The 1964 speech was arguably a turning point in Khomeini's campaign against the Shah. The speech was against the Shah's giving U.S. servicemen "extraterritorial" privileges, the right to be tried for crimes in Iran in American, rather than Irani courts. It cut pretty close to home and upset the Shah. The Shah didn't try to kill him, but did arrest and ...


2

To a large extent both Alexander and his father were inspired by the Ten THousand, as well as the Greeks' dramatic victories against the invasions by Darius and Xerxes. In these campaigns the Greek heavy hoplite infantry had proved itself more than a match for the best that the Persians could muster. Once united under the Macedonian mantle, a force of ...


2

The Governor of the Jurisprudence is the Supreme Religious Leader of Iran. He is more powerful than the President, and is to the President, what a medieval Pope was to a medieval king. This role was created in Iran as a result of the 1979 revolution against the Shah. No other Islamic country ever had such a violently anti-secularist revolution or the ...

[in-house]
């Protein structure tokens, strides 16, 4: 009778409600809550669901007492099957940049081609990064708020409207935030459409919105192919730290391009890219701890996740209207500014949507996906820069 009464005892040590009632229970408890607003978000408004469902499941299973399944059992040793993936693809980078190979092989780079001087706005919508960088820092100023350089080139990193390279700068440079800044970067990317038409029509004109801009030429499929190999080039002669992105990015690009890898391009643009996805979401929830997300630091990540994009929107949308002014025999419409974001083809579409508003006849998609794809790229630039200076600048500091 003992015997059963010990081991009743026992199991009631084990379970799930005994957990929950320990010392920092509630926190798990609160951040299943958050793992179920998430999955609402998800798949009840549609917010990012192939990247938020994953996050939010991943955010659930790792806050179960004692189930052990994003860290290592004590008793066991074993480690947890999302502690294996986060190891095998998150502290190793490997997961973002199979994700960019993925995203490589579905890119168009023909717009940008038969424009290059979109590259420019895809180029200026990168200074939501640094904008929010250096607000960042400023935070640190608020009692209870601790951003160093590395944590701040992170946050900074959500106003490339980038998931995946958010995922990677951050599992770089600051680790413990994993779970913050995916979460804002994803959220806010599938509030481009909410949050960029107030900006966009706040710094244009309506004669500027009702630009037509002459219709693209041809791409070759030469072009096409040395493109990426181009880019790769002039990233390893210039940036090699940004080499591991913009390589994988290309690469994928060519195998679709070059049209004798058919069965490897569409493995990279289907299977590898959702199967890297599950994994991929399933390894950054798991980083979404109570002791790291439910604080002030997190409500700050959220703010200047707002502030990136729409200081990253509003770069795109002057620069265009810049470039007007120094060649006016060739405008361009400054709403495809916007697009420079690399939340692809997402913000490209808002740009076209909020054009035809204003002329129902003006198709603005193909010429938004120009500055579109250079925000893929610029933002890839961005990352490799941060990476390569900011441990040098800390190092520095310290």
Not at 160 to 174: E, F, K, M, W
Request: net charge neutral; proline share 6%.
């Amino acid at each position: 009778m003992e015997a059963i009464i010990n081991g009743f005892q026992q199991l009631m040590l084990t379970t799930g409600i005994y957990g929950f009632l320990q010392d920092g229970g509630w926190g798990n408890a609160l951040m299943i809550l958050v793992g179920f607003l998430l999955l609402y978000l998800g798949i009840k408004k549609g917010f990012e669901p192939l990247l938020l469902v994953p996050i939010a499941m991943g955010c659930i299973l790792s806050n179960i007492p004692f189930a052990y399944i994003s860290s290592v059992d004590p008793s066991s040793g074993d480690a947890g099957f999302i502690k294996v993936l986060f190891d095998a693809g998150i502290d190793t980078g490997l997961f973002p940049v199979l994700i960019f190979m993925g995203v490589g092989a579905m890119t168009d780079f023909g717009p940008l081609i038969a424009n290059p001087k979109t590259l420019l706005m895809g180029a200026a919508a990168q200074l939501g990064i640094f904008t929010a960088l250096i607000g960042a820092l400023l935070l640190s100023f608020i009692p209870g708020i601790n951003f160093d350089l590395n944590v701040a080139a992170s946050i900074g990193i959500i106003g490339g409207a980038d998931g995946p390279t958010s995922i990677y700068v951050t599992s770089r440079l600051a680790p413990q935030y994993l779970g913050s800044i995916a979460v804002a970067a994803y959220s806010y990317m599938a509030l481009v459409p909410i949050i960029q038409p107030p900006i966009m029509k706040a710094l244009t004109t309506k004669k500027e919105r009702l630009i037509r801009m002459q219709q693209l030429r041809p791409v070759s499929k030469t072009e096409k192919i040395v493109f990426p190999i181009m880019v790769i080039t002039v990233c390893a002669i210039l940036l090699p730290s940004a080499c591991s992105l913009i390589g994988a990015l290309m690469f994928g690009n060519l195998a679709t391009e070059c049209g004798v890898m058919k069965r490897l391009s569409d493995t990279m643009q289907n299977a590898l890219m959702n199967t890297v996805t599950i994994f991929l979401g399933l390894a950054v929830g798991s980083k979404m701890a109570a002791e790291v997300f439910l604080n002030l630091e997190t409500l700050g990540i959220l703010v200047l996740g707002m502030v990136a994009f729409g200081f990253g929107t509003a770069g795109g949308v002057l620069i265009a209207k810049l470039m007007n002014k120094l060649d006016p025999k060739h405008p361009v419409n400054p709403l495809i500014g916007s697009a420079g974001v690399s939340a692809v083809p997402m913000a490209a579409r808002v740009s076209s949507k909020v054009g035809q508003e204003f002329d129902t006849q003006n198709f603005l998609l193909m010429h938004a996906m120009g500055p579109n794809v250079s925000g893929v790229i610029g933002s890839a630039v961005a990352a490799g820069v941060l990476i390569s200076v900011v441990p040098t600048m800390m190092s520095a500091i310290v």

2

The answer to your question is that both the CIA and Canadians were responsible for the escape of the American diplomats. The Canadian Broadcasting Corporation, Central Intelligence Agency, Al Jazeera, Ottawa Citizen, New York Times, Montreal Gazette, and many other sources confirm the story. Once the crisis started the CIA contacted the Canadians in ...


1

In Portugal it is called "Alemanha", not "Alman". It is that way because of the tribe living in that region of Europe, "Álamos" Source: I'm Portuguese.


1

Don't know about the planes themselves but the composition doesn't arouse any suspicions in me - it looks like a typical "flight officers conferring before mission" photo op set piece. Also the guy in the middle in the top picture looks like a very authentic Iranian officer. To sum up, the pictures seem like the straight dope to me.



Only top voted, non community-wiki answers of a minimum length are eligible